Iraqi civilians who sought to sue the UK Government over alleged unlawful detention and/or physical maltreatment by British forces in Iraq have lost their cases on the basis of time bar.
The UK Supreme Court today upheld a Court of Appeal decision that an order providing immunity for coalition forces from Iraqi legal process and jurisdiction had not effect outside Iraq, and could not prevent the relevant three year limitation period running against the claimants in actions brought in the UK.
The decision, in cases brought by 14 lead claimants out of 600 similar claims, turned on the effect of the Foreign Limitation Periods Act 1984, which provides that where a claim is brought in England which is governed by a foreign law, the English courts are to apply the foreign law of limitation.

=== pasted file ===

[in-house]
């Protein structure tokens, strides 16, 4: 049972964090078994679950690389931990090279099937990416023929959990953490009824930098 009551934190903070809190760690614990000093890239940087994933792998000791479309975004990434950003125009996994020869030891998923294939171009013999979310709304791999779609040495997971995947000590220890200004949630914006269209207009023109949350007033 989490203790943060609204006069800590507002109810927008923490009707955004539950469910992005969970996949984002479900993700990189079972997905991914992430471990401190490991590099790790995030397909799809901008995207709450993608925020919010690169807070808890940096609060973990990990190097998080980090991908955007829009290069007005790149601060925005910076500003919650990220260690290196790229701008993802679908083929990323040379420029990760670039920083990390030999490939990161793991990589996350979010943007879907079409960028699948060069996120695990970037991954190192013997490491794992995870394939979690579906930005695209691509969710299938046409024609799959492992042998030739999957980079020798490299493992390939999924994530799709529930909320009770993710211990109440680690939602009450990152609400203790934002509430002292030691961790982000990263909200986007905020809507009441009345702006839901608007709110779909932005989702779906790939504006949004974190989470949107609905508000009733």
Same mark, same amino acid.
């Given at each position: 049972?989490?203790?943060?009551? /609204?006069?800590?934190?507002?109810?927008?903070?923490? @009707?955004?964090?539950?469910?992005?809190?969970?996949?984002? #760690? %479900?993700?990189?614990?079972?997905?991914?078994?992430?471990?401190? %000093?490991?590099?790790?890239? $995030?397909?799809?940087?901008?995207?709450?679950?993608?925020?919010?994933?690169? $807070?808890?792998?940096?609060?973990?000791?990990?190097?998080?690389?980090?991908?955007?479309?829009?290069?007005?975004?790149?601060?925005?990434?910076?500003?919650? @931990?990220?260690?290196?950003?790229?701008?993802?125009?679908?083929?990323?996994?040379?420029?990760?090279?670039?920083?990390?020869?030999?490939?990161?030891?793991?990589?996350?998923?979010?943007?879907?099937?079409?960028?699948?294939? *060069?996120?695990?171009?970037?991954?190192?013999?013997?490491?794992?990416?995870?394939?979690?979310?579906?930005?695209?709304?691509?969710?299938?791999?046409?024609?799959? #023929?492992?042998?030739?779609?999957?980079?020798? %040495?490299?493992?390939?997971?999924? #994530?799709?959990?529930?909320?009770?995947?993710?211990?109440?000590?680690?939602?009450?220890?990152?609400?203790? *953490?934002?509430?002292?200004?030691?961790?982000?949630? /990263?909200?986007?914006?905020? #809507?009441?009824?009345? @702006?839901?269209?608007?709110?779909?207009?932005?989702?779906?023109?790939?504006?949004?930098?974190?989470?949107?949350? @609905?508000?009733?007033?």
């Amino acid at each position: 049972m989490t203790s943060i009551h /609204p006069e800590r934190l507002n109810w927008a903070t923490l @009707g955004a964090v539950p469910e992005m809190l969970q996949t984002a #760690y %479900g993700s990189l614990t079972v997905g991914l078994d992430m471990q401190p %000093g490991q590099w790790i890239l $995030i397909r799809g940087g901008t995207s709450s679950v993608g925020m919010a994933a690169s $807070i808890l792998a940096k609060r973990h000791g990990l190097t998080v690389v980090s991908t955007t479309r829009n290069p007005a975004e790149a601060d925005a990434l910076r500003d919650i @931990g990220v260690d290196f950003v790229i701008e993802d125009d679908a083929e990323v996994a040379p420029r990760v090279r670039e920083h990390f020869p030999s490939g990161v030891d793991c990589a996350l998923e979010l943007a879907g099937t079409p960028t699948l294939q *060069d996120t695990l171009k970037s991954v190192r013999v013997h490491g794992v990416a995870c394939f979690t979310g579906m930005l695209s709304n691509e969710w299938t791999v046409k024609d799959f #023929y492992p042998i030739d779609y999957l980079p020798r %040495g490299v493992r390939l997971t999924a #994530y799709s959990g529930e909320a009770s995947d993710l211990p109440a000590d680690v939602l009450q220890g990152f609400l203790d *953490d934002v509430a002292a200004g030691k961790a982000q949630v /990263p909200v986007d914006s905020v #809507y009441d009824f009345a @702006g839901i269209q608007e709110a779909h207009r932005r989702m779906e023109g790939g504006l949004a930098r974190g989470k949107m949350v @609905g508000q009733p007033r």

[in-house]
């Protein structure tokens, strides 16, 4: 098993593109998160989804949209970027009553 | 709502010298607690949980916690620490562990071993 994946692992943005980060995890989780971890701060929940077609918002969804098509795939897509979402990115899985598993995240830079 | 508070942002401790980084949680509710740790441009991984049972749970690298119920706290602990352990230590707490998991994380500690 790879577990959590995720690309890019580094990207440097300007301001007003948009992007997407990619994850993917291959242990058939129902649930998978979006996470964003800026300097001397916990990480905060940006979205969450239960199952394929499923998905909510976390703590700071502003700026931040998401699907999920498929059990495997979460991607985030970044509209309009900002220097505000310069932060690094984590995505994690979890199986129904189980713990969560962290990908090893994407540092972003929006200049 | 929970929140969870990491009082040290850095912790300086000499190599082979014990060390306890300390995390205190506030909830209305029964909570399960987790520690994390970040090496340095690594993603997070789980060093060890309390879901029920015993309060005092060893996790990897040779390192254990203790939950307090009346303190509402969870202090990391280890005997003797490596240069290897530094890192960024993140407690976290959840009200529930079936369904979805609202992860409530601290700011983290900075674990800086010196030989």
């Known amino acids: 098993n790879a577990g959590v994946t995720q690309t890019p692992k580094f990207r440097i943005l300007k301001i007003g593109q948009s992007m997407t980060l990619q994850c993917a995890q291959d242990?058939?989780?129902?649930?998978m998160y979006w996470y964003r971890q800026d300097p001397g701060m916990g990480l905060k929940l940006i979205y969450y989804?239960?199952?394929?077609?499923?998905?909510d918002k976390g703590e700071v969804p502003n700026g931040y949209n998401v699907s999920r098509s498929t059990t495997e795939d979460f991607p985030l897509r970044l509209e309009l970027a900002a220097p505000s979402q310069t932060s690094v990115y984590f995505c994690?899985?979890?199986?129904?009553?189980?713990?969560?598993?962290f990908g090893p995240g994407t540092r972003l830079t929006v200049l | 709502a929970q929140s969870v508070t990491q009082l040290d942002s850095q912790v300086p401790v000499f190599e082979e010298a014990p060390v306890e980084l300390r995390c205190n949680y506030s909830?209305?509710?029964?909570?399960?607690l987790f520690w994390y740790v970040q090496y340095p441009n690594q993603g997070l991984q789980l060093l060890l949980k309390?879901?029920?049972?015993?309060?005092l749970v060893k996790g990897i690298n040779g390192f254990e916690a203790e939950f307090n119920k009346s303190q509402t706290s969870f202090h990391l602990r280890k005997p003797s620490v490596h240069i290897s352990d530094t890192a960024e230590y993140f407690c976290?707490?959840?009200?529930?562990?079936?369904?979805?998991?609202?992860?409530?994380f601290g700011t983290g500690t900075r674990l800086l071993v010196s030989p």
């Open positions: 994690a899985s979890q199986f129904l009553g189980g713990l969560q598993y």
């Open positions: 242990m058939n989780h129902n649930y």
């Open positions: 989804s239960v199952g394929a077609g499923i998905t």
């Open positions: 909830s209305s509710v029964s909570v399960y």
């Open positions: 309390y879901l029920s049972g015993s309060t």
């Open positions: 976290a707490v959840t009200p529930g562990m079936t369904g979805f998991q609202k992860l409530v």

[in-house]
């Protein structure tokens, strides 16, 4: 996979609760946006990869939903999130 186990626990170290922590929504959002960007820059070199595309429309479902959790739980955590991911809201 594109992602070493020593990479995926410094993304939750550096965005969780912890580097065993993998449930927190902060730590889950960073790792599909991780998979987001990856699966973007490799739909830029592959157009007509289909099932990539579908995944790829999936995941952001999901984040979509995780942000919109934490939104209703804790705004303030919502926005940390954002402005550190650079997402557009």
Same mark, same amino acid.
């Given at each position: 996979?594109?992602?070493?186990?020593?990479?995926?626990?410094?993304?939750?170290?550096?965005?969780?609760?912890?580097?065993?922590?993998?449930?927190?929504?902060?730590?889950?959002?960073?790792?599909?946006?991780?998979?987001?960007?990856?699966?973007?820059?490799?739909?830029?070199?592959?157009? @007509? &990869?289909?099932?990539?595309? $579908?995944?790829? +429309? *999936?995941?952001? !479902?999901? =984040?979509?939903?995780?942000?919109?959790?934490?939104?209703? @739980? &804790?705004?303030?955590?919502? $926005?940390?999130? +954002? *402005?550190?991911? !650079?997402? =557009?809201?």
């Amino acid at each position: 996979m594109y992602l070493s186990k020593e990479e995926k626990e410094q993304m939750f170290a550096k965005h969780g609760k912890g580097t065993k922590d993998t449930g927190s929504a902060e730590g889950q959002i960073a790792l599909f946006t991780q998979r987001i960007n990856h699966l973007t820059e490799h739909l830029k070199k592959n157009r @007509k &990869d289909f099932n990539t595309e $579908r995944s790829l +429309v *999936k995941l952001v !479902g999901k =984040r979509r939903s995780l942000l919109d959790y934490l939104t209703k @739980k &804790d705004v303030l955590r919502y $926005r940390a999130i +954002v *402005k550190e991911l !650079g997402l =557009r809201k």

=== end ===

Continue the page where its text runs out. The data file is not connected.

At first instance the judge held that the limitation period was suspended as the order constituted an impediment rendering it impossible for the plaintiff to claim his right, in terms of the Iraqi Civil Code.
Reversing him, the Court of Appeal held that the order (which was still in force) was a mere procedural bar that did not apply to proceedings in England. The UK Supreme Court agreed, though applied different reasons. Lord Sumption, giving the unanimous judgment of the court, said that the order was not an impediment to the only relevant proceedings, which were in England. It did not therefore suspend the running of the Iraqi law limitation period.
The court was not disapplying Iraqi law, but applying its principles different facts. "The facts relevant to proceedings in England are not necessarily the same as those which would be relevant to proceedings in Iraq", he concluded.